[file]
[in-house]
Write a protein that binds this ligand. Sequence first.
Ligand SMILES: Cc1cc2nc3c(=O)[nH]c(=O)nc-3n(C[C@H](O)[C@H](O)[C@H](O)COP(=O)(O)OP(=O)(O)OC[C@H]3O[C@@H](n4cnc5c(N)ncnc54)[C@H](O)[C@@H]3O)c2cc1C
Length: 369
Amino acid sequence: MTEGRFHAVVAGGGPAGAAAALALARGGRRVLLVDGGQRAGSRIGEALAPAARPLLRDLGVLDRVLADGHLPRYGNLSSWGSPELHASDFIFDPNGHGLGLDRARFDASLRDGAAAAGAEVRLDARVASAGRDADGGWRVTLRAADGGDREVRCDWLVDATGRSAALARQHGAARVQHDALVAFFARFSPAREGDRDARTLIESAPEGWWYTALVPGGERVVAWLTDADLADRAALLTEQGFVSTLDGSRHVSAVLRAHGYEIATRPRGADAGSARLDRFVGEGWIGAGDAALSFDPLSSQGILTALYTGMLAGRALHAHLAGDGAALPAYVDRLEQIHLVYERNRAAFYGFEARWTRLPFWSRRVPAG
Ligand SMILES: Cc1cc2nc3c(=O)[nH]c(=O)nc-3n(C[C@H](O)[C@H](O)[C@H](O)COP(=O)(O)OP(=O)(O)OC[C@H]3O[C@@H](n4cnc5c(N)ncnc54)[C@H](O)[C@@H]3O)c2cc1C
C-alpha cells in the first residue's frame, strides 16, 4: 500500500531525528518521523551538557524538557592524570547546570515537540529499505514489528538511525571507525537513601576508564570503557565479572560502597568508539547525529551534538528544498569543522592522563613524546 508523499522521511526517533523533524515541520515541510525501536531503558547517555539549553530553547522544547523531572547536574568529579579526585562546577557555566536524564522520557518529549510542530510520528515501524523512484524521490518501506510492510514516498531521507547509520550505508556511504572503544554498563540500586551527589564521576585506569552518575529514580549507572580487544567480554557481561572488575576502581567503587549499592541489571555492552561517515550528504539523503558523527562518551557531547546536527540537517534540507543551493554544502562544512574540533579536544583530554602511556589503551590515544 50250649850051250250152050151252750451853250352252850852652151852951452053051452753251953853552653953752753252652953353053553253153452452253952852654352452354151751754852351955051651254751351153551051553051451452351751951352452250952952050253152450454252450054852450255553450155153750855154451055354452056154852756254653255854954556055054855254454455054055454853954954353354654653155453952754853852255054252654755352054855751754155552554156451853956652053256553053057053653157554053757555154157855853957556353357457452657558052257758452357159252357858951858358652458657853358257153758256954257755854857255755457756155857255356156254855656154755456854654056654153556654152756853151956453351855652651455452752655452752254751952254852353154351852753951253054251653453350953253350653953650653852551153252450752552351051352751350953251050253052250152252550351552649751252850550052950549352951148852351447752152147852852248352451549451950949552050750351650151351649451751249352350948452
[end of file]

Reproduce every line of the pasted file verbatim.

[in-house]
Write a protein that binds this ligand. Sequence first.
Ligand SMILES: Cc1cc2nc3c(=O)[nH]c(=O)nc-3n(C[C@H](O)[C@H](O)[C@H](O)COP(=O)(O)OP(=O)(O)OC[C@H]3O[C@@H](n4cnc5c(N)ncnc54)[C@H](O)[C@@H]3O)c2cc1C
Length: 369
Amino acid sequence: MTEGRFHAVVAGGGPAGAAAALALARGGRRVLLVDGGQRAGSRIGEALAPAARPLLRDLGVLDRVLADGHLPRYGNLSSWGSPELHASDFIFDPNGHGLGLDRARFDASLRDGAAAAGAEVRLDARVASAGRDADGGWRVTLRAADGGDREVRCDWLVDATGRSAALARQHGAARVQHDALVAFFARFSPAREGDRDARTLIESAPEGWWYTALVPGGERVVAWLTDADLADRAALLTEQGFVSTLDGSRHVSAVLRAHGYEIATRPRGADAGSARLDRFVGEGWIGAGDAALSFDPLSSQGILTALYTGMLAGRALHAHLAGDGAALPAYVDRLEQIHLVYERNRAAFYGFEARWTRLPFWSRRVPAG
Ligand SMILES: Cc1cc2nc3c(=O)[nH]c(=O)nc-3n(C[C@H](O)[C@H](O)[C@H](O)COP(=O)(O)OP(=O)(O)OC[C@H]3O[C@@H](n4cnc5c(N)ncnc54)[C@H](O)[C@@H]3O)c2cc1C
C-alpha cells in the first residue's frame, strides 16, 4: 500500500531525528518521523551538557524538557592524570547546570515537540529499505514489528538511525571507525537513601576508564570503557565479572560502597568508539547525529551534538528544498569543522592522563613524546 508523499522521511526517533523533524515541520515541510525501536531503558547517555539549553530553547522544547523531572547536574568529579579526585562546577557555566536524564522520557518529549510542530510520528515501524523512484524521490518501506510492510514516498531521507547509520550505508556511504572503544554498563540500586551527589564521576585506569552518575529514580549507572580487544567480554557481561572488575576502581567503587549499592541489571555492552561517515550528504539523503558523527562518551557531547546536527540537517534540507543551493554544502562544512574540533579536544583530554602511556589503551590515544 50250649850051250250152050151252750451853250352252850852652151852951452053051452753251953853552653953752753252652953353053553253153452452253952852654352452354151751754852351955051651254751351153551051553051451452351751951352452250952952050253152450454252450054852450255553450155153750855154451055354452056154852756254653255854954556055054855254454455054055454853954954353354654653155453952754853852255054252654755352054855751754155552554156451853956652053256553053057053653157554053757555154157855853957556353357457452657558052257758452357159252357858951858358652458657853358257153758256954257755854857255755457756155857255356156254855656154755456854654056654153556654152756853151956453351855652651455452752655452752254751952254852353154351852753951253054251653453350953253350653953650653852551153252450752552351051352751350953251050253052250152252550351552649751252850550052950549352951148852351447752152147852852248352451549451950949552050750351650151351649451751249352350948452